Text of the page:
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Tuesday, 13 March 2018

Love: renegotiated

What a celebration of women we had last week. International Women's Day followed by Mother's Day on Sunday saw the country reminiscing the resilience of movements such as The Suffragettes and, the heroes more commonly known to us, our Mums. 
In true diva style, I found no better way to celebrate International Women’s Day than by throwing some shapes to ABBA’s greatest hits in one of Newcastle’s clubs. I even dragged my German flatmate along - she had just received her amazing Master’s degree result - ensuring her hard work was saluted too. Even in the dark, sweaty confines of the club, I felt empowered by the sass heads surrounding me (and perhaps also by my popping pink eyeshadow). 
Just as I was being twirled around to the stirring melodies of Voulez-vous, someone taps me on my back. “Holly,” his drunk eyes await my reaction. 
A few gin and tonics in myself, my polite filter seemed to have evaporated. “God, I wasn’t expecting to see you here,” even as the words leave my lips I'm shocked at the tone of my voice.
But let me explain. In front of me stands a boy who turned nasty after a couple of dates last year whilst simultaneously knocking my confidence for a while (gracias, seƱor). This is your stereotypical rugby lad; puts on a pretence that he’s hard but deep down drowns out his emotions by degrading others. I don’t even need to tell you about this species - if you’re at Uni they occupy every street corner and entice girls with their good looks (despite their sexist shanter). 
He looks momentarily offended but then initiates textbook complimenting (yuk) and then the best bit, he begins grovelling. Normally I let things like this slide to avoid conflict but for one, he interrupted arguably ABBA’s best banger and for another, I’m a strong independent woman - so I take this as an opportunity to let him know that, yes, he was out of line. When “c’mon, we were such a good team” slurs out of his mouth, I practically scoff in his face before rotating back to my group of gals. Sorry ABBA, but I think I’ll reject this man after midnight.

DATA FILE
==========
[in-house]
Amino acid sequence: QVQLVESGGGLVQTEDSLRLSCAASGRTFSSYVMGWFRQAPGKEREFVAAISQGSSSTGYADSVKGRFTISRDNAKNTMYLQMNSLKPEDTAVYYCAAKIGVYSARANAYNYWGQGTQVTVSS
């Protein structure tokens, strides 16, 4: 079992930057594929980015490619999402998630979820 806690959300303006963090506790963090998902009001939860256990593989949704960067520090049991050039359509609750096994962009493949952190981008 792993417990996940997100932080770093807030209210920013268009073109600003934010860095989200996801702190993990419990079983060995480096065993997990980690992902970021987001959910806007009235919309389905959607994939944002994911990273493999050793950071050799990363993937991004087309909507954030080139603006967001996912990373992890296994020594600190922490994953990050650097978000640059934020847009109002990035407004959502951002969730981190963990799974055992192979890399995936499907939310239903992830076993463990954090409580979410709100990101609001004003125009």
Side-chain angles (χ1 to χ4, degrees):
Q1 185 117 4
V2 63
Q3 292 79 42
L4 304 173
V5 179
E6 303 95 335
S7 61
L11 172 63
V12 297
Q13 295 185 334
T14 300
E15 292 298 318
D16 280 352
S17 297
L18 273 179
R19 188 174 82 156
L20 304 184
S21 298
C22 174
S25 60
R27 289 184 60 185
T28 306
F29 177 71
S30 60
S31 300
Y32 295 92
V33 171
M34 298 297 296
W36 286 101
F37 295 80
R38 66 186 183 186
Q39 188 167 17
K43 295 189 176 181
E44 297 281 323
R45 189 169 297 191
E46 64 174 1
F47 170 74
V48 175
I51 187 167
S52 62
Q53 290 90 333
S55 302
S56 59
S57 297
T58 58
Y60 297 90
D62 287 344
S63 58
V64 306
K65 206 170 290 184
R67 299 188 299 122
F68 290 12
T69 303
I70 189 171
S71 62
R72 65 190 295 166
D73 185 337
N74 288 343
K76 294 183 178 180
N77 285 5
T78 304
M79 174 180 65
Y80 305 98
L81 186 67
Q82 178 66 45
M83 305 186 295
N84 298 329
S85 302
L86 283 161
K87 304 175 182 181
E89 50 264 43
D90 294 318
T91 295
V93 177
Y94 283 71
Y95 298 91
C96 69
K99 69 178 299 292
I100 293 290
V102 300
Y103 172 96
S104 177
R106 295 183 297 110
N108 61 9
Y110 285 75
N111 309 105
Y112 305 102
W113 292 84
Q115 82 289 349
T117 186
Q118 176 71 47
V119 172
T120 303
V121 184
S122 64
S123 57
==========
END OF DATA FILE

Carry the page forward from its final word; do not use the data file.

This small yet satisfying success seems incomparable to the stories of my friends who continue to slay away in their own way. Friends who have for years worked their way up in a profession, friends who are learning new languages abroad and friends who are studying hard to pave their way in the world. What an inspiration. It got me thinking how we’re too often reliant on others recognition for our own gratification. We’re young and thriving on successes unparalleled to love.
Last week I FaceTimed my flatmate studying in Australia who humbly reeled off her travel triumphs. She tells me, yea there are some fit Aussies, but the majority still don’t celebrate her for her. She’s instead focusing on choosing which part to take in the two plays she’s been offered.
As if we even needed reminding, Mother’s Day commemorated our everyday champions. To the mothers who have raised us, to the mothers and children who have lost one another and to those yearning to be mothers - every one of them holds a special place in our hearts. I’m lucky enough to have a best friend, best critic (she always gets a preview of my blogs) and best Mum all combined into one. 
Sometimes we're so busy getting old that we forget our parents are getting old too. We forget to thank them for teaching us qualities that the education system never could - how to hold your knife and fork, how to hold your head high, how to hold on to your passions. We forget to thank them for pushing us into that insanely embarrassing twenty seconds of courage, where something great came of it. We forget to thank them for teaching us no matter how much the truth hurts, it's better than being lied to. We forget to thank them for encouraging us to travel, to write that book, to finding a house where the light is always right. We forget to thank them for turning up at our bedroom door, with a cup of tea in hand, in an effort to say 'I love you'.

In a world which questions if the power of love will ever overcome the love for power, I encourage you to celebrate the kind of love that we take for granted. Stop seeking out someone to fill a void, and instead appreciate the people who make us what we are.